It’s an ancient fruit, but the avocado has been brought into the new millennium with the publication of its draft genome, which may be the key to improvements in future crops.
UQ Centre for Horticultural Science’s Professor Neena Mitter, and her team collaborated on the international research led by Professor Luis Herrera-Estrella that recently published the first draft sequencing of the Hass variety genome.
Professor Mitter said the avocado had around 25,000 protein-coding genes – roughly the same as humans.
“There is a lot of genetic variation in avocado, and this new genetic information, coupled with advances in big data means there’s huge potential for future crop improvement and breeding that we can now tap into,” Professor Mitter said.
UQ researchers in the Hort Innovation National Tree Genomics Program will now complete the final assembly of the genome.
“Unlocking the avocado genome will help us better target management practices by understanding the genetic controls for biological processes that influence commercially important traits,” she said.
Hort Innovation’s R&D Manager Dr Vino Rajandran said having a detailed blueprint of the avocado genome would provide the Australian industry with an important tool to drive future productivity.
“It will give us new insights into improved tree architecture and flowering, and the intensification of orchards, which are priorities of our National Tree Genomics Program,” Dr Rajandran said.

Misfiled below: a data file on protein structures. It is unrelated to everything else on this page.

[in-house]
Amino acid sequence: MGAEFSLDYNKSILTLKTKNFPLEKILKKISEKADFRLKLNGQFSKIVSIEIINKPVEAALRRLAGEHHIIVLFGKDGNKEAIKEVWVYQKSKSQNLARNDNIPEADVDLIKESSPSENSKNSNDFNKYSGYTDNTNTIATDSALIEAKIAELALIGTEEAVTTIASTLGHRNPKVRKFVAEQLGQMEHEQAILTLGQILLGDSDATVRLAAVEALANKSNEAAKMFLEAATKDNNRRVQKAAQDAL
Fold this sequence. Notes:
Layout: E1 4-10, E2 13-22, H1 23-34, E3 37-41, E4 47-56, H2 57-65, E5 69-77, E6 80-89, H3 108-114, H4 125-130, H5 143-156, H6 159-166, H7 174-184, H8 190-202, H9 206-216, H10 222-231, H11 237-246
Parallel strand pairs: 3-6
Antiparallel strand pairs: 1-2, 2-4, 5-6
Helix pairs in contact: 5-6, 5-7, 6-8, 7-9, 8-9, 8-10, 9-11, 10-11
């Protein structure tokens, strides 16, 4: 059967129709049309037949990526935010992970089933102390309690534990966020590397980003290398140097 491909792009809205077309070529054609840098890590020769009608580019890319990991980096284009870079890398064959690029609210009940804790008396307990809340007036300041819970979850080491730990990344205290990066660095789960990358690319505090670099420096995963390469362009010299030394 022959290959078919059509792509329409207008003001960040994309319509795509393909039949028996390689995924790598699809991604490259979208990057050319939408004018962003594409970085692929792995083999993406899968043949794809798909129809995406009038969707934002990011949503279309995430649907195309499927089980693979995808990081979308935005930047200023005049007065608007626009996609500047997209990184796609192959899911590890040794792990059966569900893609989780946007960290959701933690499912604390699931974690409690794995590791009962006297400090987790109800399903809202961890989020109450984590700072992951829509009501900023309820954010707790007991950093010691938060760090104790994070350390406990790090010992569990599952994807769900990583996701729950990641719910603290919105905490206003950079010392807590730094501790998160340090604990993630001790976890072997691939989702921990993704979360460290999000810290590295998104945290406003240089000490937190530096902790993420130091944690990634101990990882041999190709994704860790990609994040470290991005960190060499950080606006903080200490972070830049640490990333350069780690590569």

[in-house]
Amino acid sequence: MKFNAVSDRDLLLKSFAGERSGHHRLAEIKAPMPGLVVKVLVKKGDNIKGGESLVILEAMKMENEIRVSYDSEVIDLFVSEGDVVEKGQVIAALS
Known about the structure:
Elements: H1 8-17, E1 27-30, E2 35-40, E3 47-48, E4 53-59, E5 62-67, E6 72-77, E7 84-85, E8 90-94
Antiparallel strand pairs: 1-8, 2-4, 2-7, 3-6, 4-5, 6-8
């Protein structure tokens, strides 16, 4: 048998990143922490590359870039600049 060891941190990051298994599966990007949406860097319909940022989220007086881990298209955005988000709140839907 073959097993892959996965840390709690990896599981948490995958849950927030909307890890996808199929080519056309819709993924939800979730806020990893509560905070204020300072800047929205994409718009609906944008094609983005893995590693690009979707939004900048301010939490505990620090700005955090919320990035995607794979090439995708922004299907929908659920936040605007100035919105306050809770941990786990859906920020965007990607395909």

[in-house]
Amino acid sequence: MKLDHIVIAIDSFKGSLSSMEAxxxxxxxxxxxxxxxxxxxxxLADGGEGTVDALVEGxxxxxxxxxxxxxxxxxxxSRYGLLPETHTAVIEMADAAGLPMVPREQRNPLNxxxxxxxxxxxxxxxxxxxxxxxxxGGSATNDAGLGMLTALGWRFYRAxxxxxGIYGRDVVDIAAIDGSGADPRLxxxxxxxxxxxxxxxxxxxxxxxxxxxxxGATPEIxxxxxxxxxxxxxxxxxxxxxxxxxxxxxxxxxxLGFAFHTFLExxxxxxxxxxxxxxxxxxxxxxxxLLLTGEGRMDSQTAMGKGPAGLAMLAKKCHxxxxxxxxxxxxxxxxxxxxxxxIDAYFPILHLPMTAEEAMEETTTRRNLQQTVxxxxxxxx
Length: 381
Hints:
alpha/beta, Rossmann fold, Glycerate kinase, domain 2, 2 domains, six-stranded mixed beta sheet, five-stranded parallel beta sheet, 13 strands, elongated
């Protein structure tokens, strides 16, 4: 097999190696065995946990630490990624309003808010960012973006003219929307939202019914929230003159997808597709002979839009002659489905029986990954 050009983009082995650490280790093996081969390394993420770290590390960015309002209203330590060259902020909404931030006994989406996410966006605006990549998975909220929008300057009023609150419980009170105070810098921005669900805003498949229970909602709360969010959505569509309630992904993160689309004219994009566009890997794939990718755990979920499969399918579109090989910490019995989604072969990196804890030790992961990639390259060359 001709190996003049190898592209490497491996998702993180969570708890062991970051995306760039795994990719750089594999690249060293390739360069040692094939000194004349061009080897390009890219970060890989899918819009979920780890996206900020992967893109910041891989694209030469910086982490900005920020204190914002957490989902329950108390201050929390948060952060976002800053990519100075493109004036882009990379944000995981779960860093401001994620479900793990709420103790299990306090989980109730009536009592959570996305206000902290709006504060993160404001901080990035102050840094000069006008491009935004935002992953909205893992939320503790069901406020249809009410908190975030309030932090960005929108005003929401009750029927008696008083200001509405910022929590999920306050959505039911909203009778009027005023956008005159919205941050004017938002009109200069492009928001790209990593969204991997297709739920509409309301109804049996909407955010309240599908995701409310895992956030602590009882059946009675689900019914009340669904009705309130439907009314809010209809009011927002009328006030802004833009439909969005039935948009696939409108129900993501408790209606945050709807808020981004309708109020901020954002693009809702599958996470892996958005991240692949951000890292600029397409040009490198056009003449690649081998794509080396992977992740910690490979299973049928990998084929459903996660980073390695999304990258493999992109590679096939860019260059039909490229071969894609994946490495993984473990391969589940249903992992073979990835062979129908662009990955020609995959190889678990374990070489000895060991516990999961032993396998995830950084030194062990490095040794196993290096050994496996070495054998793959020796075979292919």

Avocado can be traced back 65 million years to the beginning of the Cenozoic era and was a source of food for giant sloths and other large animals.
Dr Hayward said the genome draft also helped unravel how the fruit evolved.
“Avocado is an ancient flowering tree in the family that also includes cinnamon,” Dr Hayward said. “The genome data supports the idea that the avocado lineage split from other flowering plants around 150 million years ago.”
As well as being valued for its buttery flavour and health qualities, avocado is an important crop of Mexico which produces around half the world’s supply.
The UQ team also provided sequence data for Velvick, a disease-tolerant rootstock that is widely sought-after in Australia for grafting new avocado trees.
“Avocados can be highly susceptible to diseases such phytophthora root rot, so having this new understanding of avocado genetics will be important in combatting the disease, and also disease like black spot,” Professor Mitter said.
Avocado is an economically important fruit crop with the global market predicted to reach US$23 billion by 2027.
The Australian component of this work was supported by Hort Innovation through a Science and Innovation Award and Minister’s Award from ABARES (Australian Government Department of Agriculture).